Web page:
trends by xiaohuicaicai


									 TRENDS in the PERIODIC TABLE
A trend is a pattern     Trends of the
or a repetition of       periodic table
                        Atomic Mass,
                       Atomic Radius,
                    Net Nuclear Charge,
                           Ion Size,
                   Metallic or Non-Metallic
                    1st ionization energy
   The periodic table
       is arranged
    in a certain way
to keep elements with
similar properties close
   Groups go up and down.
   Periods go left and right.
Groups share many similarities.
   Periods show periodically
(regularly) changing properties.
The Periodic Table
has a lot of
information on it,
available for you to
use, if you know
where to look and
what it all means.

The Regents
Reference Charts
are your friends,
play with them.
     (or patterns)
These Trends are…
1. Atomic Mass      (in amu)

2. Atomic Radius      (size in picometers)

3. Net Nuclear Charge
     (how many protons are in the nucleus of an atom?)

4. Ion Size   (cations and anions)

5. Metal Properties and Non Metallic Properties
6. Electronegativity
7. 1st Ionization Energy levels
Demetri Mendeelev
       • Developed the first
         real periodic table
         which ours is based
       • He was able to
         predict the missing
         elements and their
         properties once the
         table was put
   Mendeelev was a genius!
Many of his predictions came true, such as the existence of
       “eka-aluminum” which we know as gallium.
 A missing element in his table made him believe that an
     element with certain properties belonged there.

        By looking specifically for this missing
       chemists were able to discover gallium.

His predictions were quite close to the actual values of the
various properties he quoted, such as mass, density, ionic
                   formula, and others.
       Our FIRST Trend
Atomic Mass
Atomic mass goes higher from element
 to element, with few exceptions.
The Group Trend is that atomic
 mass increases.
The Period Trend is that atomic
 mass increases too.
Because of specific properties...

     our Periodic Table has a non-regular shape.
The elements are arranged by properties rather than a
    way just make the table be uniform in shape.
The Alkali Metals
 are in Group 1   but Hydrogen is not in this group.
Alkaline Earth Metals
       are in Group 2
This slide left intentionally
blank, and you know why.
     are in Groups 3 - 12
    are at the bottom and fit in as shown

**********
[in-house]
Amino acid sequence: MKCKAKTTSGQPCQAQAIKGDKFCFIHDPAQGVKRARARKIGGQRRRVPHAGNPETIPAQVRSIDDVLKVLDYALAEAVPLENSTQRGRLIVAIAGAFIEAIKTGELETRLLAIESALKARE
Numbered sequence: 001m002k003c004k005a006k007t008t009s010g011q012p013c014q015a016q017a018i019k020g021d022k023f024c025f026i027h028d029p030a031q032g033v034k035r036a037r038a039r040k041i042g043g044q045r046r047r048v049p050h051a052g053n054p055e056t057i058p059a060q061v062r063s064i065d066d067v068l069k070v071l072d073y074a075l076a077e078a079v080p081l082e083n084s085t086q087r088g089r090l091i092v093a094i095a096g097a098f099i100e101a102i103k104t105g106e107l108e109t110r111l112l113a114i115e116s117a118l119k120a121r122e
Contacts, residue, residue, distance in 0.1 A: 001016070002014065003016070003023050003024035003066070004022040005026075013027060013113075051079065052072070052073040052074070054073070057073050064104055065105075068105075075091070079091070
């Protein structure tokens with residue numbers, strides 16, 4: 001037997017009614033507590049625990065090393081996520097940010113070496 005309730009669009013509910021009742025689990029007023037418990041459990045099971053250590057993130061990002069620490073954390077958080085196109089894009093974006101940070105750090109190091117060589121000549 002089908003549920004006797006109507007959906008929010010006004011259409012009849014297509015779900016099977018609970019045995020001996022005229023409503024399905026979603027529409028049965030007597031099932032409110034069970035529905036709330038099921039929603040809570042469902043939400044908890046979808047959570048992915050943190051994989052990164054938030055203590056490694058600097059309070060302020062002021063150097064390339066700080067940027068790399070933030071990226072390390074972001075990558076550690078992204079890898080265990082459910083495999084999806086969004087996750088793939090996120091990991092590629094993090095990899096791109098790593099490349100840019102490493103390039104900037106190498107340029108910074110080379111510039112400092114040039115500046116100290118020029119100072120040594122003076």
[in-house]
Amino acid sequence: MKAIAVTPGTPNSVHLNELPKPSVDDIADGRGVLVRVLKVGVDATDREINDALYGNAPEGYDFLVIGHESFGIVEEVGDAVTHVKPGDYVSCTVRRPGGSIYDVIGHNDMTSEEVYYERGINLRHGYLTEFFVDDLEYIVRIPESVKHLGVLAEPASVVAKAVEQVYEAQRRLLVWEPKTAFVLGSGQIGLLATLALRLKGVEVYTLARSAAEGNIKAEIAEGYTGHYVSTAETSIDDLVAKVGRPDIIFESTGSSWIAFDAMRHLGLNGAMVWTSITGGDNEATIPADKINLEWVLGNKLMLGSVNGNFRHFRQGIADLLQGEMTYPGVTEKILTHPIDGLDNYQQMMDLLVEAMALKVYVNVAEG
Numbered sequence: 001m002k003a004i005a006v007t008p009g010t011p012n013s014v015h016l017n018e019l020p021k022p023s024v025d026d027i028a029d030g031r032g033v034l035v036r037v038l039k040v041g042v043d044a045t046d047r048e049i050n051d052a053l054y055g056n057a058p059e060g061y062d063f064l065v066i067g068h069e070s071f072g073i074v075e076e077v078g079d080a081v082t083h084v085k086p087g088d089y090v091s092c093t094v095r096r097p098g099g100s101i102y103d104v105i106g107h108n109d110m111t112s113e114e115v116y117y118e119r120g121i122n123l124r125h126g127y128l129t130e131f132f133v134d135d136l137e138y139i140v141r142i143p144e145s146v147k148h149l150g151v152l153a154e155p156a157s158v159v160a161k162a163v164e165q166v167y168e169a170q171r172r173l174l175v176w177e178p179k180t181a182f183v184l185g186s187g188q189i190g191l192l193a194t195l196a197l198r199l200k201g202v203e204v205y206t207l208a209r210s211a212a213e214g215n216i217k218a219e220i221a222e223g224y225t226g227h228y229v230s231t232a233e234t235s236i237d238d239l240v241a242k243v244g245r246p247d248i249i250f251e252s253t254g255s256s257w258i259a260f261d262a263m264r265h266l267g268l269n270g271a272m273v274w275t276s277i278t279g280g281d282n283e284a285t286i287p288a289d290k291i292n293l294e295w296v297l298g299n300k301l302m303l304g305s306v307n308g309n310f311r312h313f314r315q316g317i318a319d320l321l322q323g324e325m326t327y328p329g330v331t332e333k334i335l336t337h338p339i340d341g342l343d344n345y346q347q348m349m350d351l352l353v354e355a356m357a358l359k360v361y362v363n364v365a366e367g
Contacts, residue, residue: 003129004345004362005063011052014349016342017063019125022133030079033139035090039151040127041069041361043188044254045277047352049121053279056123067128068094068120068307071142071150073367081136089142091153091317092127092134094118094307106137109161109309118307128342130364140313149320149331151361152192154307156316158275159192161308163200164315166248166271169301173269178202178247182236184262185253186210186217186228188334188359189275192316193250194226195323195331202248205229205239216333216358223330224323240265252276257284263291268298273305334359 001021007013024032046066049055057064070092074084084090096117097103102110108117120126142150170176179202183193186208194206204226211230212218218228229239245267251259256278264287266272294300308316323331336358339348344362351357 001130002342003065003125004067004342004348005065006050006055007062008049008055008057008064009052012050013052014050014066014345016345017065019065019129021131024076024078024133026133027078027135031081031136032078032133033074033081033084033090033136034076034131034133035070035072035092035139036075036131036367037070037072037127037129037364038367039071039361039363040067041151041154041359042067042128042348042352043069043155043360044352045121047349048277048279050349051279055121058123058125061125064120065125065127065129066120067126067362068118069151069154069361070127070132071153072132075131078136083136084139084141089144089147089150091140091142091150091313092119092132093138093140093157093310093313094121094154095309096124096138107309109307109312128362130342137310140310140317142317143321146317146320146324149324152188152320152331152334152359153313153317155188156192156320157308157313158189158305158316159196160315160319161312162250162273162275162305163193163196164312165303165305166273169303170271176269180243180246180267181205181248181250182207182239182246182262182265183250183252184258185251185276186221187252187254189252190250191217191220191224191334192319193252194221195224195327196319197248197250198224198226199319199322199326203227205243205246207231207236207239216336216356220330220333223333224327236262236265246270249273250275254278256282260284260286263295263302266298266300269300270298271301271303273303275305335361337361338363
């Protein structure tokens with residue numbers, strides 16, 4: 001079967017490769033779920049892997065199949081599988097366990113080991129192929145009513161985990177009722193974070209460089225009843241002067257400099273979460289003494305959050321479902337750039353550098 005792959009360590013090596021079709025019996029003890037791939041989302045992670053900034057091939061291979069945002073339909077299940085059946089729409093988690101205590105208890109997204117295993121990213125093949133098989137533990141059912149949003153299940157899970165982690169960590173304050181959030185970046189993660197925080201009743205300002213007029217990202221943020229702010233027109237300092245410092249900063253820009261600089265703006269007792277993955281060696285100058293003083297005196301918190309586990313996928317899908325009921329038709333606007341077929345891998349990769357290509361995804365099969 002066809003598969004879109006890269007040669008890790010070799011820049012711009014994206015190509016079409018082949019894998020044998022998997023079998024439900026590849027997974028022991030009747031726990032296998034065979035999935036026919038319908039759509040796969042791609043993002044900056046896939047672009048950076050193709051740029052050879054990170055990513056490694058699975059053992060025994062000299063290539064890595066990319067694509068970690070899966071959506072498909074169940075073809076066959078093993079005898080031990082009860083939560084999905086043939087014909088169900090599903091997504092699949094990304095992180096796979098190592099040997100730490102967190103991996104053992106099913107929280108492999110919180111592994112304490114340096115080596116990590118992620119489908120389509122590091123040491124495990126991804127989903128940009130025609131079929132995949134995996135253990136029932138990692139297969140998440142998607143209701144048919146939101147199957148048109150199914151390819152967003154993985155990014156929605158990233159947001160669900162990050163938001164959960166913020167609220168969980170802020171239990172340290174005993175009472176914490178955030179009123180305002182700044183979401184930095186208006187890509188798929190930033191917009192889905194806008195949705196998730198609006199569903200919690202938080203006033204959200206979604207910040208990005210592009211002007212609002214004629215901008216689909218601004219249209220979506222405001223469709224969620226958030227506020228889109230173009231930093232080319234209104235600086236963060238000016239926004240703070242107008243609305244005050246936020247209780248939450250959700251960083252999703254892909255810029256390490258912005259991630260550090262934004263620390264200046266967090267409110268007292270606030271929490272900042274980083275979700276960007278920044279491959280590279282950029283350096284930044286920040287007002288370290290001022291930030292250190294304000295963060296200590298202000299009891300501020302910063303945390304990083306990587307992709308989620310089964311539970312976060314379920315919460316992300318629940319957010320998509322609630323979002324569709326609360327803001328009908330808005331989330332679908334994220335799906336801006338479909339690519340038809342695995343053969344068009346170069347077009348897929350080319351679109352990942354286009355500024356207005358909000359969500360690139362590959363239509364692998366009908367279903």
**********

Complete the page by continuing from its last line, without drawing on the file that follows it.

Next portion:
are at the right hand side of the table
Noble Gases
 are at the far right, group 18
Atomic Radius or Atom Size
If you follow along Table S
for atomic radius, you find:
The Group Trend for atomic
radius is that it increases
down a group.
The Period Trend for atomic
radius is that it decreases
left to right.
   Period Trend for Atomic Radius
    Li      Be        B       C        N        O       F       Ne
    2-1     2-2      2-3     2-4      2-5      2-6     2-7      2-8

  ••                 •        •        •        •       •        •

    Atoms get smaller as you go across a period.
They gain electrons in the same energy levels, not getting bigger.
The additional positive charge from the additional protons pulls the
electron orbital slightly tighter for each atom going across the period.
SHOWS Atomic Sizes for Groups and Periods
This is too easy to even discuss much. Hold onto your hat, and be psyched
that this is “REQUIRED” learning.
Each atom is neutral because it has the SAME number of protons & electrons.
Electrons fly around outside the nucleus in orbitals. Protons hang tight
(no joke) with the neutrons in the nucleus. Since the neutrons are neutral
(hence their name!), the only charge particles in the nucleus are the protons,
which are ALL POSITIVE. So, the NET NUCLEAR CHARGE is how many
protons are there in the nucleus, and since each is positively charged, that is
the answer.
Example: Mercury is number 80, with 80 electrons and 80 protons, a neutral
atom. It also has 121 neutral neutrons in the nucleus with the 80 protons.
So, NET nuclear charge = +80.
Someone, somehow, determined that “the most metallic metal” was
Francium, bottom left hand corner of the Periodic Table.
They also came to the conclusion that Helium was to become
known as the “most non-metallic” element.
You have to remember that, and you have to be able to compare up
to 4 elements at a time and see which is closer to either Fr or He,
and decide which is the most metallic, or most non-metallic.
      The NEXT TREND is

[what the heck was that again?]
        First Ionization Energy,
  It is the amount of energy needed to remove
a valence electron from an entire mole of atoms
          and make them all into +1 ions.
                  For example…
          To turn a mole of Li atoms
           into a mole of Li+1 ions,
           it would take (look at Table S now)

                   520 kJ/mole
the units are kilo-Joules per mole or kJ/mole

        There is a whole list of them
            on your TABLE S,

    Please get Table S out now.
      Look at Table S, find Sodium
• Na has a first ionization energy of 496 kJ/mol
• That means to take an outer electron from an
  entire mole of sodium atoms, making each one
  of those Avogadro’s Number of atoms into a